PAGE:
Wednesday, February 16, 2011

Paradise By The Dashboard Lights...Or Maybe Not

I've now realized my blog dream of spinning a MeatLoaf song into a post title.  My work here is done.

Oh...and if you're interested, here's my next FUN AND GAMES WITH K & K snip :)

Gritting his teeth, Owen put the phone up to his ear. “Uh, hey, Harper,” he said, cringing inwardly at the explosion that was no doubt brewing on the other end of the phone.


Strangling his idiot brother was probably not a good idea right then, considering he’d already been picked up by the police once today. Maybe he could hire the hit out. Truman might do it cheap. The thought gave him some small measure of comfort, which he’d definitely need once Harper was through yelling at him. Shit. This whole day had gone to hell in a seriously flimsy hand-basket long before he’d even rolled out of bed this morning.

When nearly a full minute went by and nothing but silence filled his ear, he pulled the phone away from his head to check the connection. “Harp? Are you still there?”

Silence, and not the good kind. Great. She was so furious, she wouldn’t even speak to him. That was it. As soon as Lucky regained consciousness, he planned on beating his twin senseless. What had his brother been thinking?

“Jesus, Harper. I’m sorry. Okay? Please don’t be mad at me. I can’t…I mean, I just…” he trailed off on an agonized groan. Frustrated, he ran a hand through his hair, pushed out a heavy sigh, and paced away from the bonfire and its crowd. He needed space to gather his thoughts, to come up with some reasonable explanation as to why he’d said and done some of the things he had in the past couple of days. “Shit, Harper. I don’t know what to say here, what will make things right with you. Can you just give me a hint? Please?”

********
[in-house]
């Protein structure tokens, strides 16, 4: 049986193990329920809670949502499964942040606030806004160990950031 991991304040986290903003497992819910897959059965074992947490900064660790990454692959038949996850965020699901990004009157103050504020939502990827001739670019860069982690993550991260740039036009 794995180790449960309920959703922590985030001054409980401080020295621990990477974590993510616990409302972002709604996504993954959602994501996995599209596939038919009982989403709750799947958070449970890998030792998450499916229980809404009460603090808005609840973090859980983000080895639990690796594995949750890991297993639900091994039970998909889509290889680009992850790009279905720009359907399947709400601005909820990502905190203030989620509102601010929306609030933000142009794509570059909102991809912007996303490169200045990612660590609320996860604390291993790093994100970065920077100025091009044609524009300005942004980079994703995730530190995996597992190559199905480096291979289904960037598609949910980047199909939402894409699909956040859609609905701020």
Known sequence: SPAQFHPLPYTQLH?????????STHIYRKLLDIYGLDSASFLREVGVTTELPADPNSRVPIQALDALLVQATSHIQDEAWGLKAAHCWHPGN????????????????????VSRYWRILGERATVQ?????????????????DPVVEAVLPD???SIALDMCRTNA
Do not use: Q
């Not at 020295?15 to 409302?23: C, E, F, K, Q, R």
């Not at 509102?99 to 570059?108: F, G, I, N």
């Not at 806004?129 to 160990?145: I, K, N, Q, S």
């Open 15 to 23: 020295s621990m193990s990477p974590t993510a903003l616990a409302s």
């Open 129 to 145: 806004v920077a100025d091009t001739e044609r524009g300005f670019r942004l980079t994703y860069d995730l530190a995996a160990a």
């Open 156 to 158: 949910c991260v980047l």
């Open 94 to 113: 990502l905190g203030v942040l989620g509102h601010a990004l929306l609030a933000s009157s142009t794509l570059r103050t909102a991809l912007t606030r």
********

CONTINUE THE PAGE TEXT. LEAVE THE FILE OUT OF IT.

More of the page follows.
She stayed quiet for another endless moment, and then when she finally opened her mouth, her first words—uttered in such a calm, quiet voice—were not at all what he expected to hear. “How drunk is Lucky?”

“Enough to be passed out by the bonfire,” he answered dryly as he shot a quick glance over to where Grace leaned over his brother, shaking Lucky gently in an effort to rouse him. “Grace is trying to get him motivated.”

“Think she can handle him for a little while?”

“Um…” As he was trying to decipher the meaning behind her question, the bright shine of approaching headlights cascaded over him, temporarily blinding him. When the car rolled to a stop in front of him, the window powered down, and Harper’s face swam into view.

“Come on,” she said, her voice soft but firmly commanding. “I need to talk to you. Alone.”

Alarms clanged loudly in his head, but he found himself nodding quickly. He half-turned, waved his hand to catch Grace’s attention. Calling out a quick promise to come right back and getting a nod and wave back from her, he turned back to Harper and the waiting car. She didn’t say anything as he slithered into the passenger seat, just shifted the car into gear, and then they were on the move.